India is fast becoming a key territory for handset makers. Smartphones sales in the country have grown from 16.2 million units in 2012 to 44 million units in 2013 -- an exponential 171% year-over-year increase.
BlackBerry was once the leading smartphone vendor in the country. But high price points for its OS10 devices and the lack of hardware updates compelled budget-conscious Indian consumers to switch to other brands. Consequently, BlackBerry India's market share plunged from 14.8% in 2010 to a paltry 0.6% in the quarter that ended in September 2013.
BlackBerry, however, is looking to turn things around. Marking its 10-year anniversary in India, the Canadian smartphone giant slashed its Z10 prices by 60% last month for a limited period of time. The offer received an overwhelming response. BlackBerry, which was once struggling with unsold inventory, quickly ran out of Z10 stock in India.
Last week, BlackBerry's director of distribution announced that Z10 stock has been replenished across all major retail outlets, including online retail stores. And to recreate the magic, the smartphone vendor also cut its flagship Z30 price tag by about 13%.
The positive response from Indian consumers suggests that there is a robust demand for BlackBerry smartphones in this country, but the absence of practical price points was hampering its growth. But with its discounted pricing, BlackBerry may well become a formidable competitor in the booming Indian smartphone industry.
Apple is trying to lure value-driven consumers as well. The Cupertino-based consumer tech giant has launched a buyback program that allows people to exchange their working smartphone models for a minimum $85 discount on new iPhone 5s, 5c, and 4s handsets. Plus, its financing scheme on all three devices increases their affordability.
Apple India also relaunched its iPhone 4 earlier this year -- available for $300. Market tracker CMR notes that smartphones within a price band of $250-$330 represent 8% of total smartphone sales in the country. This suggests that Apple's entry in the mid-range smartphone will be crucial for it to sell more phones in the country.
Apple introduced the country's first-ever smartphone trial offer last week. As per the terms, consumers can return their iPhones within 14 days of purchase if they are not satisfied with the product. Apple will then refund the entire amount after deducting a nominal restocking fee of $15.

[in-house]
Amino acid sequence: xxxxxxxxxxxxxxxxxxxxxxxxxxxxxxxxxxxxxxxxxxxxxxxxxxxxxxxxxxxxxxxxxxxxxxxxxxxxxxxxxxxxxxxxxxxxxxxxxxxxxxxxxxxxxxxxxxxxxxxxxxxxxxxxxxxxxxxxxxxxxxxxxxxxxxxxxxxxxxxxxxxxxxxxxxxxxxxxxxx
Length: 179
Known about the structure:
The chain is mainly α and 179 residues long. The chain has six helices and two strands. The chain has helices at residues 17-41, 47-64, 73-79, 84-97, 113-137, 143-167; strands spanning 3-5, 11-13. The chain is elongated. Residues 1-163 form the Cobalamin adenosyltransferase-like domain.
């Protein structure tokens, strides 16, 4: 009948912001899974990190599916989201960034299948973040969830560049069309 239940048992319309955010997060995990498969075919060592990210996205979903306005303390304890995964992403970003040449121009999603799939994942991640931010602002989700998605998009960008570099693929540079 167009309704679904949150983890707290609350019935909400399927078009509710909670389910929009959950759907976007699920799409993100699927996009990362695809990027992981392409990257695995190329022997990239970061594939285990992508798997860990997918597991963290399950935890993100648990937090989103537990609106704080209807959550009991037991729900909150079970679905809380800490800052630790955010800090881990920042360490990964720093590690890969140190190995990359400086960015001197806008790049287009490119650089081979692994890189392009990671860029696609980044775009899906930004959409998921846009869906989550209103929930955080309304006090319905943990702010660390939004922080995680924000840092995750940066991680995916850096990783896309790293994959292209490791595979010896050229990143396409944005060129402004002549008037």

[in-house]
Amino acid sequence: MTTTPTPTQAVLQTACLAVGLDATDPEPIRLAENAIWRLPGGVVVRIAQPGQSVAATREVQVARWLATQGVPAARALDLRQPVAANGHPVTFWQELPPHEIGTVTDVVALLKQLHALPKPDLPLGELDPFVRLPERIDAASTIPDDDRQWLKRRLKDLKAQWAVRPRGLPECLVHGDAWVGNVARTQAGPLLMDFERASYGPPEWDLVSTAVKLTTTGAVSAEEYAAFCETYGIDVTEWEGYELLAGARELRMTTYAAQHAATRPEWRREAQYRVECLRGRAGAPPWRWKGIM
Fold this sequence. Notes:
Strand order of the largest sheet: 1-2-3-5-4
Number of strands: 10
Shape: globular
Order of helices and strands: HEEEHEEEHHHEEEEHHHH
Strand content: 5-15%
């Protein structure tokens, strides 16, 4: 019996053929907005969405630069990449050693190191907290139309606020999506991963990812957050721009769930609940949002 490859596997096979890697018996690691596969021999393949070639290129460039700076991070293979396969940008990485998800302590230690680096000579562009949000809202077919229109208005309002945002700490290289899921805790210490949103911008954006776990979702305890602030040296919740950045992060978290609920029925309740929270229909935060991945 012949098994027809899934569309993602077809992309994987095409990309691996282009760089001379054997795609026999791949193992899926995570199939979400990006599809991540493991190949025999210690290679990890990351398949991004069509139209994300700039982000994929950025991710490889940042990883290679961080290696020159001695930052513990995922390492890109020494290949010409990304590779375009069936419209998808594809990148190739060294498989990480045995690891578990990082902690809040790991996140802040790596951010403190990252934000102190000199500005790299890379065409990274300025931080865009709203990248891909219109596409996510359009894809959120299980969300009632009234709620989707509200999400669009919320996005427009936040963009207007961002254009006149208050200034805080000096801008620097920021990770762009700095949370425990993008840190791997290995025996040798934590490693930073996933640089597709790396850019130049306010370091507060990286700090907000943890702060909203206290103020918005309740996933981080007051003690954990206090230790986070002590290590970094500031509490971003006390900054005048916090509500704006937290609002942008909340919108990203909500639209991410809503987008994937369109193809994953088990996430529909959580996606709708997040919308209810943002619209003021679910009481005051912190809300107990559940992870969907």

It's evident that Apple is trying to boost its value-for-money factor. But it remains to be seen whether consumers will prefer a premium, but outdated, iPhone 4 to the similarly priced, latest offerings from HTC, Samsung, and BlackBerry; Canalys estimates that Apple has about a 2% share of the Indian smartphone market.
Nokia, on the other hand, has been busy with its portfolio expansion. The Finnish giant has launched five new Lumia devices this year; Nokia currently offers 11 Lumia models within a diverse price band of $140-$770. The company will reportedly unveil two new Lumia devices in April.
In addition, its Asha range consists 10 Java-based devices within a price band of $60-$120, while its latest Android-based Nokia X is priced at about $130.
Evidently, Nokia is trying to reach a broad spectrum of budget-conscious smartphone users. It is perhaps the only mature global smartphone manufacturer to mass-produce Windows, Android, and Java-based devices. With a country as diverse as India -- population 1.23 billion -- Nokia's product strategy might help to expand its market share, which is currently 5%.
Investors should note that none of the mentioned smartphone vendors generate sizable revenue from their Indian divisions. So, investors should welcome their growth in India with a long-term view, rather than expecting any dramatic short-term gains.
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Piyush Arora has no position in any stocks mentioned. The Motley Fool recommends Apple. The Motley Fool owns shares of Apple. Try any of our Foolish newsletter services free for 30 days. We Fools may not all hold the same opinions, but we all believe that considering a diverse range of insights makes us better investors. The Motley Fool has a disclosure policy.